First she found the slipper-glass, a fragile, inch-long dagger poking from the dirt. Her heart twisted. Then the lizard scuttled over the floor and up the felled stones of the shattered back wall. Eyes prickled. Then a snatch of soul-breaking music floated over the water. She was sobbing, just sobbing, face in hands, body sprawled shaking in the ashes of her home.
“I’ve got to get back,” she grieved. Not one thing answered. Raising her head to peer beyond the black and broken beams saw the terrible, treacherous river, then the forest, and the gauzy ethereal towers of the Prince’s castle, grave of all her hopes.
The lizard stared from a splash of leaf-tinged sunlight. He reminded her so much…
Of course there could be no connection between this creature and her lizard, her coachman. How handsome he had been, perched on the pumpkin carriage. Except for his eyes, which wouldn’t stop swivelling in independent directions. And his tongue, which kept darting out at flies.
What stuck with Ella most was how he’d never smiled. Everyone else that irrecoverable night had smiled incessantly but her lizard had seemed touched with barely-concealed rue as if already guessing how everything would end. Ella’s fingers tightened on the slipper glass, and the pain made her feel like a child again, as if forty or fifty years had not been snatched away from her, as if everything was still to be done and any second now the door would open and a tiny figure would float in on the breeze, bright with laughter and promises.
Except there was no door. No roof, no food. And no fairy godmother. The Queen had caught her and stuck her in a jar on the mantelpiece then stoked the fire beneath her. The frantic buzz of tiny wings had burned through the Queen’s bleak lecture.
“Of course you love him, girl. He’s the Prince. You’re meant to love him. Everybody is. But you can’t have him. Never for more than one night.”
Ella had not seen her Godmother since then.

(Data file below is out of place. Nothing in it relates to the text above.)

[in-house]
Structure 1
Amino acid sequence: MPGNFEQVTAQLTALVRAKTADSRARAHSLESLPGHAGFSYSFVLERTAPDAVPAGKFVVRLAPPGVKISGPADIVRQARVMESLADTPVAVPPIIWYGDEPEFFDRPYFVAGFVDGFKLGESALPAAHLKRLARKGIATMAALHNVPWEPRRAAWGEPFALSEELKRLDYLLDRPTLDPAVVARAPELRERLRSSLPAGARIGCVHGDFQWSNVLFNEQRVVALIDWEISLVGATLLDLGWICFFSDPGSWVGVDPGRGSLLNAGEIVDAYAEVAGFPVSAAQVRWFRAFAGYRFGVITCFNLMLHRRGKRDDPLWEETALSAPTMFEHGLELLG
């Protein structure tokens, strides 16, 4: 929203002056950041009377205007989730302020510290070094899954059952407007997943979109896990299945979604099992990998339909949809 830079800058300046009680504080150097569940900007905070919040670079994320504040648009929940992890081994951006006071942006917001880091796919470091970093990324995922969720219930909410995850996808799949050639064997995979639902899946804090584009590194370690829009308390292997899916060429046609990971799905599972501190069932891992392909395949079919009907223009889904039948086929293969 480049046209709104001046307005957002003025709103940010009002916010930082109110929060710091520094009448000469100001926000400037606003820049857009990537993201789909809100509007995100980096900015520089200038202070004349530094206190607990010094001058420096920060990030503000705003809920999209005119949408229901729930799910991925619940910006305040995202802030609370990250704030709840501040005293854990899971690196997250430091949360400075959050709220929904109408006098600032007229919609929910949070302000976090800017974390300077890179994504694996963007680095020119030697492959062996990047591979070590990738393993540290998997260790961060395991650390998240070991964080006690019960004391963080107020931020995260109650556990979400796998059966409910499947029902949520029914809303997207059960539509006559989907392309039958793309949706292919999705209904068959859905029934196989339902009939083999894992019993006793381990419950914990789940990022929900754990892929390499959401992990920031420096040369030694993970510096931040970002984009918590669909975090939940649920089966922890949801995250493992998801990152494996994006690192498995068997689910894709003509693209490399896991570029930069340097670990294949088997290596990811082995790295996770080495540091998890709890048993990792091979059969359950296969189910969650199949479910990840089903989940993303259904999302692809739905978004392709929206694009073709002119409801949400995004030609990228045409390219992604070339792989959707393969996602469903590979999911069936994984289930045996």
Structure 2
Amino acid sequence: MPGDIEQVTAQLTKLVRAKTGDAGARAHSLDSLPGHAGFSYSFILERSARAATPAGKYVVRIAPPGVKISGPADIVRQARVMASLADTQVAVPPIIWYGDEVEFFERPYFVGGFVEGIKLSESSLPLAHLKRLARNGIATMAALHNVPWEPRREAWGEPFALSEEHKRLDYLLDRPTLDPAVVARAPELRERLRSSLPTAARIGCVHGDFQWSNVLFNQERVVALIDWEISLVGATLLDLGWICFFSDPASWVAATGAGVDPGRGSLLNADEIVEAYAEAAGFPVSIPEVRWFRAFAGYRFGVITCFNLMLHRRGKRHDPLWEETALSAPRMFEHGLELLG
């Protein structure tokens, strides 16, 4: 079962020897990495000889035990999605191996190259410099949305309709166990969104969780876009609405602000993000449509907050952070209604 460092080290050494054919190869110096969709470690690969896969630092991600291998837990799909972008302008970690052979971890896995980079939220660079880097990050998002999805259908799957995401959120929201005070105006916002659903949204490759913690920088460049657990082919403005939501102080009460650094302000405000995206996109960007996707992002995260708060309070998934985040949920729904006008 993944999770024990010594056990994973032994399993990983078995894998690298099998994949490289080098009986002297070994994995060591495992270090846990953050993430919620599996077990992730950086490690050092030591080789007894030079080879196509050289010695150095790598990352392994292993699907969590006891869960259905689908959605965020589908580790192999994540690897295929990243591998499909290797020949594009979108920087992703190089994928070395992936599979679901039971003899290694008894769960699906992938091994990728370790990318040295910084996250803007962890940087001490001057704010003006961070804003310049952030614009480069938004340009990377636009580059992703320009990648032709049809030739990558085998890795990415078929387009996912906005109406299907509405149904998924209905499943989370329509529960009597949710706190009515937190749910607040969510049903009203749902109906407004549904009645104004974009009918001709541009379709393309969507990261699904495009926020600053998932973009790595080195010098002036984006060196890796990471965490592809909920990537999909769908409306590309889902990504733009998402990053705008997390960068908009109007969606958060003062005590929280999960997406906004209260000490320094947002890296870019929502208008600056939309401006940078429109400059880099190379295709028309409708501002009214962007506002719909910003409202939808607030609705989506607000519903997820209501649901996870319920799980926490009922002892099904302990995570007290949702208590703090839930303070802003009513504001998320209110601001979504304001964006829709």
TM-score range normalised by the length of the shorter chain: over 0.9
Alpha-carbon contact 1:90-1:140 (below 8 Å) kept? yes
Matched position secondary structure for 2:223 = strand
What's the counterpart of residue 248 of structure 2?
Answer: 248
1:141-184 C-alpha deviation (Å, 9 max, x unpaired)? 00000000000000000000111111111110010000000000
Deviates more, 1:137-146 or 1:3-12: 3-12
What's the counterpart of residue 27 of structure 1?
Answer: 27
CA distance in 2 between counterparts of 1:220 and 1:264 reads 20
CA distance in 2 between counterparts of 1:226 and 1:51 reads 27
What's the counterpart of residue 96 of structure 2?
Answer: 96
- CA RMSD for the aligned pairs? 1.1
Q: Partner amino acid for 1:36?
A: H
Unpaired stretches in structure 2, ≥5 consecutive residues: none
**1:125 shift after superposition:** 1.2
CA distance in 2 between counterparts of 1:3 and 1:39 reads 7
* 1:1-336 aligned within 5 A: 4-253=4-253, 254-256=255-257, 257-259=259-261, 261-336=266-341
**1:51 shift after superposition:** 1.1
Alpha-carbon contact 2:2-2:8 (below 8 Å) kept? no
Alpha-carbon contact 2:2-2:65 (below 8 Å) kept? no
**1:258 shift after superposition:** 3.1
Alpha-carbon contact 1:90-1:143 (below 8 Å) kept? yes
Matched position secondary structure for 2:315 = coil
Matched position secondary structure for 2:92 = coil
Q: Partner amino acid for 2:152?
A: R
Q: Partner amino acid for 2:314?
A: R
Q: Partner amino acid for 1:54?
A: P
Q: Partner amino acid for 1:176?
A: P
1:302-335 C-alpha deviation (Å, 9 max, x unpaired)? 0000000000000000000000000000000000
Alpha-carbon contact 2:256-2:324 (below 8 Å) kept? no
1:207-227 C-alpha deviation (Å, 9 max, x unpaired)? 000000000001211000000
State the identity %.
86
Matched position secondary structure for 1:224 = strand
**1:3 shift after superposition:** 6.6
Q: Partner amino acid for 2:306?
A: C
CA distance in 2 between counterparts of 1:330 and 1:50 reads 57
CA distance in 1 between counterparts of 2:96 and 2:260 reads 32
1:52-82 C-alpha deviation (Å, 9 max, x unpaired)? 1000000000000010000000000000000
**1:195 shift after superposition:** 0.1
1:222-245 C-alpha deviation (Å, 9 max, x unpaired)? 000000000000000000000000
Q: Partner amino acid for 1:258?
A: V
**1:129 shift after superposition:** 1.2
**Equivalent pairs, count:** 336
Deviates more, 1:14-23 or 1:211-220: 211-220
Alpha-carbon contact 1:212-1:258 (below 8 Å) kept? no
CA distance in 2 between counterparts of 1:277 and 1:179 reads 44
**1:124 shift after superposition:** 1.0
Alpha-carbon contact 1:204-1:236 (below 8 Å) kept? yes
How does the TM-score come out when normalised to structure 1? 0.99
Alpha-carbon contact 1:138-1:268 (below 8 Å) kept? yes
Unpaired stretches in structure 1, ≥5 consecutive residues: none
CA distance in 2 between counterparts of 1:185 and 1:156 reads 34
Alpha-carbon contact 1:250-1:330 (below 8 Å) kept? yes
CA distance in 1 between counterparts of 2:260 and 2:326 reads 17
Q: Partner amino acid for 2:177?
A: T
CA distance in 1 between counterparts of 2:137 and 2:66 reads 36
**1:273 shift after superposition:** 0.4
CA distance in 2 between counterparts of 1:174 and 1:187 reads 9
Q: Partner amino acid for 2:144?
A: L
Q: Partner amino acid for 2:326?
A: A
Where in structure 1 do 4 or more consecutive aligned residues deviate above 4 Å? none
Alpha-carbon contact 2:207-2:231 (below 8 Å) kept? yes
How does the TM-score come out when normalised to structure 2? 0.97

The last time she had tried to get back into the palace, there’d been nobody to help. She’d made a raft from one of the house doors and almost drowned paddling it over the river.
She had not even got past the front door. The footmen had just looked at her and laughed. One held up a mirror to show exactly how treacherous the river currents were, how much the crossing had cost her. In the glass she saw that she was old. Half her life had been washed away in the stream.
Her hand tightened on the slipper glass. She dropped it on the floor, brought her foot down sharp on the deceitful thing. Again. Again. Doing it till the blood came.
There were no bandages. She tore a piece off her shawl, wrapped it round her foot. She sat and squeezed the cloth against her skin. And the lizard jumped from his perch and scurried carelessly through the gore and ground glass. She stared in shock and wonder as he changed.
He was no coachman. Not this time. This was a figure of blood and fury, with an axe in one hand and a knife in the other. His eyes were smoke, his mouth a savage red. But beneath his rage and potency she sensed that tincture of sadness.
“What do you want this time?”
Did he really need to ask? She closed her eyes to imagine his blades at work, shattering the doors of the forbidden castle, carving through arrogant, pampered flesh.
“Can you do it?” she whispered. “Can you break through all that stands between me and my prince?”
“Of course,” he declared, as arrogant as love and certain as destruction.
“Can you?” she said. “Can you really?”
He hesitated. Looked down at the ground. “I can try.”
“I dare say you can. But are you likely to succeed?”
He did not answer. Ella sighed. “And I suppose you’ll vanish as soon as the clocks strike midnight.”
He shrugged, denying nothing.
She got up and dusted herself down. She took a last look at the castle. So beautiful.
There were no clocks this side of the river.
“Probably best forget it,” she said. “Better chop some wood. I’ll sift through the wreckage for stuff we can still use. We need shelter first; it’s going to rain in a bit. And maybe a fire later, when it gets dark.
“That is,” she added, “if you’re willing to stay and help.”
And he looked at her and nodded. And he smiled.
Jeremy Minton is a writer of software and of speculative fiction living in the East of England. He enjoys cats, cricket, snooker and good wine, not necessarily in that order. He’s had previous sales to Daily Science Fiction and F&SF amongst others.